24. Michael Reynolds says:

    Probably 70% of the humor I consume – jokes and witty repartee as consumer items, OK – is British. WILTY, Cats does Countdown, Graham Norton, old Peep Shows, David Mitchell’s Shakespeare series, Mock the Week, HIGNFY, and the great Taskmaster. I’d even include Bake-Off.
    We’re going over in Spring and were able to get tickets to Bill Bailey. British comedy is so much better that I think Frankie Boyle is one of the funniest guys around and I can’t even understand half of his act. Dude has a serious Glaswegian accent.

  25. Neil Hudelson says:

    @Daryl and his brother Darryl:

    Just in time for the lockdown in China to foul supply lines and shoot up prices again.

  26. CSK says:

    @Michael Reynolds:
    Xi has enough problems sat home to keep him occupied, I should think:
    1. The Chinese economy is tanking.
    2. The housing market is awful.
    3. An entire province has been locked down because of Covid.
    4. Tech investors are fleeing.
    5. Inflation.
    6. Pressure to support sanctions against Russia.

    I may have missed something.

  27. CSK says:

    @Michael Reynolds:
    Oh, God, Glaswegian is impossible to comprehend. The first time I heard it I thought it was Chinese.

  28. Neil Hudelson says:

    @Michael Reynolds:

    David Mitchell’s Shakespeare series

    Whoa, I had not heard of this until now. And I thank you.

  29. MarkedMan says:

    @Michael Reynolds:

    Probably 70% of the humor I consume – jokes and witty repartee as consumer items, OK – is British.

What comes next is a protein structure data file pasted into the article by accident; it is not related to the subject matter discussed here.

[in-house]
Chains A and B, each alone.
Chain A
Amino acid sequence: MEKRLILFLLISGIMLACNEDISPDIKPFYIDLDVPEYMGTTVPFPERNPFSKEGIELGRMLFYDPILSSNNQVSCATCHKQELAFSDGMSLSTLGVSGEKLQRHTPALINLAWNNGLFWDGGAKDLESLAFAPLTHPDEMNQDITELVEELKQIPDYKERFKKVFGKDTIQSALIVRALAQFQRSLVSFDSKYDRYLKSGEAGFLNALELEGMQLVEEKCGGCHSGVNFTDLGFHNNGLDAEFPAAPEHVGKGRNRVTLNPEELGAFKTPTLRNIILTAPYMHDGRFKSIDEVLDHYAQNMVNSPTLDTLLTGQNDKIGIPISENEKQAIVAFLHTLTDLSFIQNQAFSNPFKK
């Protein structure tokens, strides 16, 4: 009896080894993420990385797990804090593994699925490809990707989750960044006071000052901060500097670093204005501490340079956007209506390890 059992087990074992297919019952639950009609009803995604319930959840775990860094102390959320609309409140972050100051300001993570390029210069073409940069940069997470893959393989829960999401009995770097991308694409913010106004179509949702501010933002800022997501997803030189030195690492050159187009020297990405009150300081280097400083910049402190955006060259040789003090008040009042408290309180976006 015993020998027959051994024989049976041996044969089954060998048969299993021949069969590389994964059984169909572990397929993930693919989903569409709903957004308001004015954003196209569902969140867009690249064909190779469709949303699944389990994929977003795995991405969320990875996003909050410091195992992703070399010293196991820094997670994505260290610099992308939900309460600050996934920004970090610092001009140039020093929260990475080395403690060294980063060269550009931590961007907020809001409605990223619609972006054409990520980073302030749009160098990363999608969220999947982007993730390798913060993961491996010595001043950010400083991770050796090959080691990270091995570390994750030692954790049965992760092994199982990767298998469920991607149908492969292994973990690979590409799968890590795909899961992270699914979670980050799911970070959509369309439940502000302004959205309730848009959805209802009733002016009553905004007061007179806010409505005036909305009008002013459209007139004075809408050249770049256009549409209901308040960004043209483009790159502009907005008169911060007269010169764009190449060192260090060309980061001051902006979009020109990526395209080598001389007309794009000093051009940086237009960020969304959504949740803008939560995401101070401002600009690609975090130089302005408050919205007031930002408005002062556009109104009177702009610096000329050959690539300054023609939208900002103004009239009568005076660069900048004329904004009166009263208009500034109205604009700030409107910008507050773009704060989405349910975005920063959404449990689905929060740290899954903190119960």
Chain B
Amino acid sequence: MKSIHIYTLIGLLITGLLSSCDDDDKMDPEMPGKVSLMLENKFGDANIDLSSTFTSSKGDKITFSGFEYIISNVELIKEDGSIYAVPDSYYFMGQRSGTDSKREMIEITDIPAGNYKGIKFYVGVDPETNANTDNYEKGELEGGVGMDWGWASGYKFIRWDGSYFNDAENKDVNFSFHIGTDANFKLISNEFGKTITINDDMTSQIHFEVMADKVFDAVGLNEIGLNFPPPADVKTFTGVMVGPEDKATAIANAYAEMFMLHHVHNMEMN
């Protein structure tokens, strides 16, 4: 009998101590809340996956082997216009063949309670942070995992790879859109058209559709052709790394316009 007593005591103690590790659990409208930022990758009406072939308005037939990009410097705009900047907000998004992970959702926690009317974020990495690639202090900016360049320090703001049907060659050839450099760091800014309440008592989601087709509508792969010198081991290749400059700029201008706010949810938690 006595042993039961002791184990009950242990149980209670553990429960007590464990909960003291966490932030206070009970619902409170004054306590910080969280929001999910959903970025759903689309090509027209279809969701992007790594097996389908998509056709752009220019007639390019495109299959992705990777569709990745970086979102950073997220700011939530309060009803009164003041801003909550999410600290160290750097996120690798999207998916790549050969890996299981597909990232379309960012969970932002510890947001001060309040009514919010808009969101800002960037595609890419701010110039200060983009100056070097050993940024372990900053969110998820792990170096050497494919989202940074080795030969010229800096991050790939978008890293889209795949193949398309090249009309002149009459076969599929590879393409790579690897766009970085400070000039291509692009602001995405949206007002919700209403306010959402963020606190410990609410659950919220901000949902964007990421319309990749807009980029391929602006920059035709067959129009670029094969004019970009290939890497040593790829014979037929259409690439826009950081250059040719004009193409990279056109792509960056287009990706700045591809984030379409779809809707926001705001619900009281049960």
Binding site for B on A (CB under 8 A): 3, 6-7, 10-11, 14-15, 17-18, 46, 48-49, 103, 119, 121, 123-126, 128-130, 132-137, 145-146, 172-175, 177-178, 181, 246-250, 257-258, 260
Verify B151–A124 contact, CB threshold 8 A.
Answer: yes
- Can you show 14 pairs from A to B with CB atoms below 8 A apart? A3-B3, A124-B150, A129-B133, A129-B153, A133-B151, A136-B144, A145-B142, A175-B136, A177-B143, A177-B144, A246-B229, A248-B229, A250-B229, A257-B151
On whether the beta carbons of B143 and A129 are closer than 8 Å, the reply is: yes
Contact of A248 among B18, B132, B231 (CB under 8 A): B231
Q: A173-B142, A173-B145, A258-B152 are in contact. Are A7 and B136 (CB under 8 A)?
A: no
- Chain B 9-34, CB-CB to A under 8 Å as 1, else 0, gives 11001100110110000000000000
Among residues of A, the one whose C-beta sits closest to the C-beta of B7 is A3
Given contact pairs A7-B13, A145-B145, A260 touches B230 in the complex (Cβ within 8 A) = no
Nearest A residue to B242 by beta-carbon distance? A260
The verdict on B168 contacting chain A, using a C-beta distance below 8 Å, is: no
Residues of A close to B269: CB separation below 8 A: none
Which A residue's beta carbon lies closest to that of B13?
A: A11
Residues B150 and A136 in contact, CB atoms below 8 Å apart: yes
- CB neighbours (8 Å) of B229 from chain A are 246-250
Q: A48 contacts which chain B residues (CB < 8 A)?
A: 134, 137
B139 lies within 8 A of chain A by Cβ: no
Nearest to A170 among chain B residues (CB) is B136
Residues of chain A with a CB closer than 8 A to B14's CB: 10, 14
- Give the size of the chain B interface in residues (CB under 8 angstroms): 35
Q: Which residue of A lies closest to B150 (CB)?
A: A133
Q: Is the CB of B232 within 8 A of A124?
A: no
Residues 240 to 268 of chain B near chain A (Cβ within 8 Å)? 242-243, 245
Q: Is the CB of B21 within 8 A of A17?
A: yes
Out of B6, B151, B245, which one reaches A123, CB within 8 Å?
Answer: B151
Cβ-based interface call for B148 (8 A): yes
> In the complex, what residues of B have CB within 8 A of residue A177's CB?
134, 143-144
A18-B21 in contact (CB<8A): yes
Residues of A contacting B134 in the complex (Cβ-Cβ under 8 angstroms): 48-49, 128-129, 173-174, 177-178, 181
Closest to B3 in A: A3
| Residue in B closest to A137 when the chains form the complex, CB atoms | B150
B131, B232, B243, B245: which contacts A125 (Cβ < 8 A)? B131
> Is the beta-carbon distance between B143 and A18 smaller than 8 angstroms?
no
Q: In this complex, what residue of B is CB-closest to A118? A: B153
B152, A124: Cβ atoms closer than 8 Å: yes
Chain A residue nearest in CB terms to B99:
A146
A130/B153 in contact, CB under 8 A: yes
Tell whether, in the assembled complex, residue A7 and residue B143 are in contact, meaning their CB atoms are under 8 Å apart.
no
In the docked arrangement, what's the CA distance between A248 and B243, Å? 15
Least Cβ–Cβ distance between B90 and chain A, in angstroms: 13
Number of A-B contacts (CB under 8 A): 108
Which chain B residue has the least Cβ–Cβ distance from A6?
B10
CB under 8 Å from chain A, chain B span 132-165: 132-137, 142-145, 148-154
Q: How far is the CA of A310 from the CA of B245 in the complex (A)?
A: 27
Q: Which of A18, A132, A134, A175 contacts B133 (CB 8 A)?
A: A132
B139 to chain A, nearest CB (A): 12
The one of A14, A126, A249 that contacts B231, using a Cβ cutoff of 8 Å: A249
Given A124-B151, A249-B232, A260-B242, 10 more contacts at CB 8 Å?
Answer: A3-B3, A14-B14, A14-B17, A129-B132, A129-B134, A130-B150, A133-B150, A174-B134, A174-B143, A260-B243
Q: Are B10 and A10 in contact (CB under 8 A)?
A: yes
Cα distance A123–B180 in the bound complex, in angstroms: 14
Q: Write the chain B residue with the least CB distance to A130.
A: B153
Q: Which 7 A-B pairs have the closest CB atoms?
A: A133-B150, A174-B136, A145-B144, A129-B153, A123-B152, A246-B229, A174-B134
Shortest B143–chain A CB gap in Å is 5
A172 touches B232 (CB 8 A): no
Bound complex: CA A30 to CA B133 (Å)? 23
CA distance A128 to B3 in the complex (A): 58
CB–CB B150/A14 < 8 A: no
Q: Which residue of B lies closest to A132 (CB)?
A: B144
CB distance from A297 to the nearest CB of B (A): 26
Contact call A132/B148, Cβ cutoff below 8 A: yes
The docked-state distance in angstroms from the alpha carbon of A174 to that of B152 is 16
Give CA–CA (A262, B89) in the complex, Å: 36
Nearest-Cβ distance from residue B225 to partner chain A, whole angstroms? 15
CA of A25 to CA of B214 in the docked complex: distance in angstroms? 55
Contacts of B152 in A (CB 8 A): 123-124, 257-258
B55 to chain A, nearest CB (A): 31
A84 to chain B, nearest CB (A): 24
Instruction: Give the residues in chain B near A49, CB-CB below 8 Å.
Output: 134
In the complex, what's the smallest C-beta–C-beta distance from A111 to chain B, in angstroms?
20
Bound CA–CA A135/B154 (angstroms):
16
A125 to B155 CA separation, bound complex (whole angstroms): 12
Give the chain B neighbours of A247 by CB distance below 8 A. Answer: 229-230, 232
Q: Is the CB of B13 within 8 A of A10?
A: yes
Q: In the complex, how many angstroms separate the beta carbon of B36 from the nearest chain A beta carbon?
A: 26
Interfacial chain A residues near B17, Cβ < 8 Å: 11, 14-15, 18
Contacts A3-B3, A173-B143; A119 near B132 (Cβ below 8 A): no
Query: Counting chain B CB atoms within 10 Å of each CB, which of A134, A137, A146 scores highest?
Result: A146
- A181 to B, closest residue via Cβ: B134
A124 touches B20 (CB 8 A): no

Glad you have a rich resource. For me, it’s a real mixed bag. Some of the stuff is fantastic, but I find some of the humor just too mean-spirited. I think that’s the reason that one of the greatest physical comedians of all time, Rowan Atkinson, hasn’t enjoyed nearly the level of success in the US as in the UK and Europe. His Mr. Bean is usually not the hapless everyman that has to, say, get a giant sofa on top of an original Cooper Mini, but all too often is also an insufferable jerk. Taskmaster is great, but I liked it better after I realized it is actually Alex’s show and Greg very much works for him and not the other way around. Before I realized that the “boss constantly humiliating the underling” thing grated on my nerves.

  30. MarkedMan says:

    @Neil Hudelson: Our biggest problem are IC’s and those come from Taiwan and Korea, not China, so we may dodge the bullet there. Although, as we have learned, some of our circuit boards are subcontracted out and do come from China. We are actively, but slowly, shifting completely over to North American suppliers wherever possible.

  31. CSK says:

    A great deal of Brit humor is based on “taking the piss out of” people who have pretensions to being
    “upper class,” hence a show such as Keeping Up Appearances, the humor of which derived from Hyacinth Bouquet’s (Bucket’s) ridiculous attempts to maintain a genteel facade.

  32. Kathy says:

    There are three related developments in aviation.

    First, Russian airlines have suspended all international flights. This is because their planes are subject to repossession by leasing companies (who actually own them) if they are outside of Russia (What? No, Belarus is a Russian satrapy).

    Second, Bermuda has suspended all airworthiness certification of Russian commercial jets. That’s because Bermudan authorities can’t certify the jets are maintained and operated properly. This matters because a majority of Russian operated commercial planes are registered in Bermuda.

    Third, Vlad the Butcher issued a diktat allowing Russian airlines to mess up lease payments and/or register in Russia, or something along those lines. It doesn’t really matter. Eventually this crisis will pass and if the lessors don’t get paid, they will repossess the planes, and the airlines will find it nearly impossible to lease planes in the future.